Public Works Director Regina Wheeler pulls in an annual salary of more than $130,500 a year, making her among the highest-paid employees at the city of Santa Fe.

But earlier this year, a female fraudster hundreds of miles away was the one cashing in, according to police.

The woman, 53-year-old Laura Johnson of Twin Falls, Idaho, fraudulently rerouted Wheeler’s paycheck by direct deposit, police said, making Wheeler and the city a victim of a new phishing scheme the Internal Revenue Service says is on the rise.

Johnson filled out a direct deposit form using Wheeler’s name, and also sent a fake and voided check from Green Dot Bank, also with Wheeler’s name, to the city’s payroll office, according to police, who said everything was done by email.

“The payroll [office] processed the direct deposit form [and] then Ms. Wheeler’s pay began going to an account at Green Dot Bank,” the complaint states.

Police spokesman Greg Gurulé said late Thursday he didn’t know whether Johnson had been arrested. Asked how an out-of-state suspect charged in a criminal complaint in Santa Fe would be arrested, Gurulé said he didn’t know all the specifics.

“It would depend on the level,” he said. “This looks like it’s going to be an arrest warrant, so it takes a little more priority than a bench warrant, and in that case, we would work with the local department, I believe, to try to reach her.”

Police said Wheeler realized her paychecks weren’t going into her bank account “after three pay periods had been successfully deposited to the Green Dot Bank account.” The three paychecks totaled more than $9,400.

In a brief telephone interview Thursday, Wheeler expressed great happiness that a suspect had been identified.

“That’s freaking awesome,” she said. “Thanks for that news.”

Wheeler said she was willing to talk about her experience but was reluctant to do so for fear of jeopardizing the case.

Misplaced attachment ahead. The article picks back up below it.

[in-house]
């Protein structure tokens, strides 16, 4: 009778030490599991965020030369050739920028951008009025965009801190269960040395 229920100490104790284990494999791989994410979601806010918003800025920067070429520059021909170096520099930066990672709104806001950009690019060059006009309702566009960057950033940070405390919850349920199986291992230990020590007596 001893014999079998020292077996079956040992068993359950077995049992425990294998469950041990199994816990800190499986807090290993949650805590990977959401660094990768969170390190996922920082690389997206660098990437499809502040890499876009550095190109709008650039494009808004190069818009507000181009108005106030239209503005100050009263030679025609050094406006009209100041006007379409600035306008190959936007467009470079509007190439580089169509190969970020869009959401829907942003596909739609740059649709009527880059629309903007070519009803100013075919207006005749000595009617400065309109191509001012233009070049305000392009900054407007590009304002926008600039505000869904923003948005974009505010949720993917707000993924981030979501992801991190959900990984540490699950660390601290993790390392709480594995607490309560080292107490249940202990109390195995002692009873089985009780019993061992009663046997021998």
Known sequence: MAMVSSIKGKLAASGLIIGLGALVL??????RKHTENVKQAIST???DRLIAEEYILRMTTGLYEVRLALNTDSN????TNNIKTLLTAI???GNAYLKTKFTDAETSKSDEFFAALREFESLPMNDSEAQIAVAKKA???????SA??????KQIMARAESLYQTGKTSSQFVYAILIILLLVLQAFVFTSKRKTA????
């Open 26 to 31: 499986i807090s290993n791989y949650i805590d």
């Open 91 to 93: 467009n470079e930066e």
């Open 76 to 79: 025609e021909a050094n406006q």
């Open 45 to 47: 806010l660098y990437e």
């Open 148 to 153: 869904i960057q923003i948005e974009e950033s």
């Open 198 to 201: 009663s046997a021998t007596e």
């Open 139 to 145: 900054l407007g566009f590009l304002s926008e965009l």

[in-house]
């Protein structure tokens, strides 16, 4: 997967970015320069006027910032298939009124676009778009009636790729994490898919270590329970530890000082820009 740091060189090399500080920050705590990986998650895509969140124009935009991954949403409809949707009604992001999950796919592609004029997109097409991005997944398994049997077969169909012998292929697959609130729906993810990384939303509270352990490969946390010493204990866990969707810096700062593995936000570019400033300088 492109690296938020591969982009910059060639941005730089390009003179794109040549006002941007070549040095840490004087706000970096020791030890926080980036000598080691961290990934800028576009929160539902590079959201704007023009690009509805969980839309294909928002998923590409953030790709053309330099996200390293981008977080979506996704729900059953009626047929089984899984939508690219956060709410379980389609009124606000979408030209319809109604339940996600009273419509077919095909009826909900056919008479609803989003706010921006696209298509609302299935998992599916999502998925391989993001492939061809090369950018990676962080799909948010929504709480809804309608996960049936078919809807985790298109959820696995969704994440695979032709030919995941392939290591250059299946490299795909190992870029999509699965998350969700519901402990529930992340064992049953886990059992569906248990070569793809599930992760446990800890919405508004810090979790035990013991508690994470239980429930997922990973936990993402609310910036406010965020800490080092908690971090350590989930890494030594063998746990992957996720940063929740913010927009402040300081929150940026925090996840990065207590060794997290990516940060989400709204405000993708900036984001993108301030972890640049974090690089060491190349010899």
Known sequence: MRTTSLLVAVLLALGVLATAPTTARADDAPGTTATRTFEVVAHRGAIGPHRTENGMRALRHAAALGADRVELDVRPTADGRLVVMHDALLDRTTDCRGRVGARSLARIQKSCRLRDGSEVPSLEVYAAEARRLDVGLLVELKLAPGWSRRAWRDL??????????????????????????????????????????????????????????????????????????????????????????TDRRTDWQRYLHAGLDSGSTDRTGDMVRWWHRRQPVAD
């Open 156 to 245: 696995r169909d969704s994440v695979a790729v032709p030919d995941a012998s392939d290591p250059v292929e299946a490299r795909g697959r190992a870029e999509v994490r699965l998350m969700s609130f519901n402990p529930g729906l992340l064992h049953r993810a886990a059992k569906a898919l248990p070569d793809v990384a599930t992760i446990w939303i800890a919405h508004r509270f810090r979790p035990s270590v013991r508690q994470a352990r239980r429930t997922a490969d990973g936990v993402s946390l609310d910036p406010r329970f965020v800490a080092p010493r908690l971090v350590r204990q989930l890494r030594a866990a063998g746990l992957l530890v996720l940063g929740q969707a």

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“My understanding was that a number of high-level officials were targeted,” Wheeler said. “They took a bunch of [organizational] charts or whatever and they were like, ‘Hey, there’s some big paychecks. Let’s get those.’ ”

City spokeswoman Lilia Chacon said she didn’t have any additional information, including whether other high-salary employees had been targeted. However, Chacon said any type of fraudulent activity is a concern for the city.

“The bad guys do this all day long until they can chisel their way in,” she said. “It’s just a game of whack-a-mole. We do what we can to protect ourselves on every front, but this is what the bad guys do, and they make their living doing this.”

In December, the IRS warned of “an uptick in phishing emails” involving fake payroll direct deposits and wire transfers.

“These emails generally impersonate a company employee, often an executive, and are sent to payroll or human resources personnel,” the IRS said. “The email from the ‘employee’ asks the payroll or human resource staff to change his or her direct deposit for payroll purposes. The ‘employee’ provides a new bank account and routing number, but it is actually controlled by the thief. This scam is usually discovered pretty quickly, but not before the victim has lost one or two payroll deposits.”

The warning almost mirrors what happened to Wheeler.

According to the criminal complaint, filed Thursday in Magistrate Court, Johnson is accused of sending the city an email or series of emails with an altered voided check bearing Wheeler’s name, as well as an authorization agreement for automated payroll deposit into an account with Green Dot Bank, which police said is affiliated with Walmart.

Johnson allegedly used an AOL account but made her email “look to appear as a city of Santa Fe employee email,” though she misspelled Wheeler’s name, using two l’s instead of one, according to the criminal complaint.

After obtaining a search warrant, police identified the account holder as Johnson with the help of Michael Menz, senior director of the bank’s Security and Fraud Intelligence Department.

“Mr. Menz informed me that at a later time I would be emailed all account information I requested in my search warrant,” Officer Derick Romero wrote in the criminal complaint. “Mr. Menz then told me he was looking at Ms. Johnson’s purchase history for the months of April and May of 2019 and there were large purchases between $1,000 [and] $3,000 at different Walmarts in Idaho, but mostly the city of Twin Falls, during the dates the deposits were made by the city of Santa Fe.”

Follow Daniel J. Chacón on Twitter @danieljchacon.

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